The Greek government is unsurprisingly unable to find consensus on new, even stronger austerity measures aimed meeting the terms of its bailout by the European Union and the International Monetary Fund.
Anger is growing in Athens as the economic situation worsens and the government is pushed into privatizing state-owned assets if it wants to get access to its next tranche of aid.
Divisions among policy makers in Europe over what to do next indicate inertia can be expected until the market forces the next leg of the crisis but some analysts say the Greek people are beginning to question the direction of policy.
“The rescue package has never been right in the first place,” said Karsten Schroeder, the CEO of Amplitude Capital told CNBC.
“In all honesty, the EU-IMF package was a rescue package for banks exposed to their debt and not Greece itself. It was wrong in the first place,” Schroeder added.
Others believe the new measures being forced onto Greece in order to free up money to see it through 2012 will do little to address the underlying problem.
“The privatization program, even if it arrives on time, will not be sufficient to cover Greece’s capital requirements,” said Jan Amrit Poser, the chief economist at Sarasin in a research note.
IMF Power Ebbing
With Greek officials aware of this, Poser believes the EU and IMF’s power to force new measures on Athens is ebbing away.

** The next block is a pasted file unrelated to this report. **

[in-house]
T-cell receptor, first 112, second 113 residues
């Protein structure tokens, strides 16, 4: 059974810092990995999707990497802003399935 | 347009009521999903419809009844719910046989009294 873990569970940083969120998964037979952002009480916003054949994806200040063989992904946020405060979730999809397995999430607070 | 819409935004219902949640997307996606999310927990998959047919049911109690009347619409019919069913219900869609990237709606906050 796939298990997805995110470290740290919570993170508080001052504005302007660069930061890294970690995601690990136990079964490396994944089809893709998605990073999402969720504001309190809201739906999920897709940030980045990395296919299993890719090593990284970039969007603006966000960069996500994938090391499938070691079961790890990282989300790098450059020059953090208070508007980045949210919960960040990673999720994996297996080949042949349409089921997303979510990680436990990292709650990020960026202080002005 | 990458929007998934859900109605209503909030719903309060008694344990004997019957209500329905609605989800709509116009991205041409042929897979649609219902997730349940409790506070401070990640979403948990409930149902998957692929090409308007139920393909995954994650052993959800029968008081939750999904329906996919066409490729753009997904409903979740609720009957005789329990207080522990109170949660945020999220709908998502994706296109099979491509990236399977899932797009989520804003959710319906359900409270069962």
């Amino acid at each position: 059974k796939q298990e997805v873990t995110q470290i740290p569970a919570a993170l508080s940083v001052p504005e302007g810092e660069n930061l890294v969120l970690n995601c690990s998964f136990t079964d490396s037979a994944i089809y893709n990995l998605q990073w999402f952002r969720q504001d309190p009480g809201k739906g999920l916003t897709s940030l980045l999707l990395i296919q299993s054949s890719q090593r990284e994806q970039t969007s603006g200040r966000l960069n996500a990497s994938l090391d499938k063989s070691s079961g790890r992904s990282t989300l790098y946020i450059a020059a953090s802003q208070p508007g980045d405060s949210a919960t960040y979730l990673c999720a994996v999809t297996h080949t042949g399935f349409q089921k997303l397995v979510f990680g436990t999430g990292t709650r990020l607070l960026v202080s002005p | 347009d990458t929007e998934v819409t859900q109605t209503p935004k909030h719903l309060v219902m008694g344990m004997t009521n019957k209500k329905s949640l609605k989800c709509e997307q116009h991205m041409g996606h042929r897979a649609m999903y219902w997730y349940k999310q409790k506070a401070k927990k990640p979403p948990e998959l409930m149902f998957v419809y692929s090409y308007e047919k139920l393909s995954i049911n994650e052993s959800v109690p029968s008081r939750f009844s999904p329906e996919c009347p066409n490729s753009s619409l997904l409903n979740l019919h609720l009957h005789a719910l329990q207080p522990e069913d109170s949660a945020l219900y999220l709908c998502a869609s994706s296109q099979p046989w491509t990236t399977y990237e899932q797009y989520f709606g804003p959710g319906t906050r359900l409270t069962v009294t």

“The Eurogroup is caught on the horns of a dilemma. It has no power to threaten Greece because not paying the financial aid would have unforeseeable consequences for all the parties concerned.
The babble of phrases used to describe the steps that might be taken and the presumed consequences is increasing,” Poser wrote.
If you owe the bank 100 euros it is your problem, if you owe it a million it is the bank's problem.
At some point this is going to dawn on the Greek people and the politicians will follow, analysts said.
“Greece and other Southern European states (at least Portugal) should opt for the default option,” Schroeder told CNBC.
“The austerity measures combined with the debt levels are not manageable. They would never recover otherwise,” he added.
Education and investing in growth are Schroeder’s answer to the crisis facing Greece but he said Athens should also be considering leaving the euro all together.
"As a last resort, going out of the euro zone should be considered as an option,” he said.
This is not an option according to Poser who believes debt reprofiling is the answer.
“The legal prerequisites for this do not exist, nor would it be technically feasible to implement an exit within a reasonable timeframe. We think a euro exit can be ruled out entirely for economic as well as political reasons,” he said.
“A reprofiling does not reduce the face value of the bond, but instead the coupon and/or principal payments are delayed.”
“As a consequence, private creditors would maintain their exposure to Greece and stay on board. Second, it would reduce the strain on the protective umbrella in the short term. Third, Greece would have more time to repay its debts,” said Poser.
Euro zone politicians and policy makers will be hoping this option can ease the crisis.
For the Greek people paying the price of austerity it might not sound like such a good idea if growth remains so weak and the cost of meetings its debt repayments so high.
“Some suggest that defaults could create instability in the financial system: how do we know that the perspective isn’t spun by institutions with vested interests?” Schroeder questioned.
It might not be that long before Greece begins to ask itself the same question, some analysts said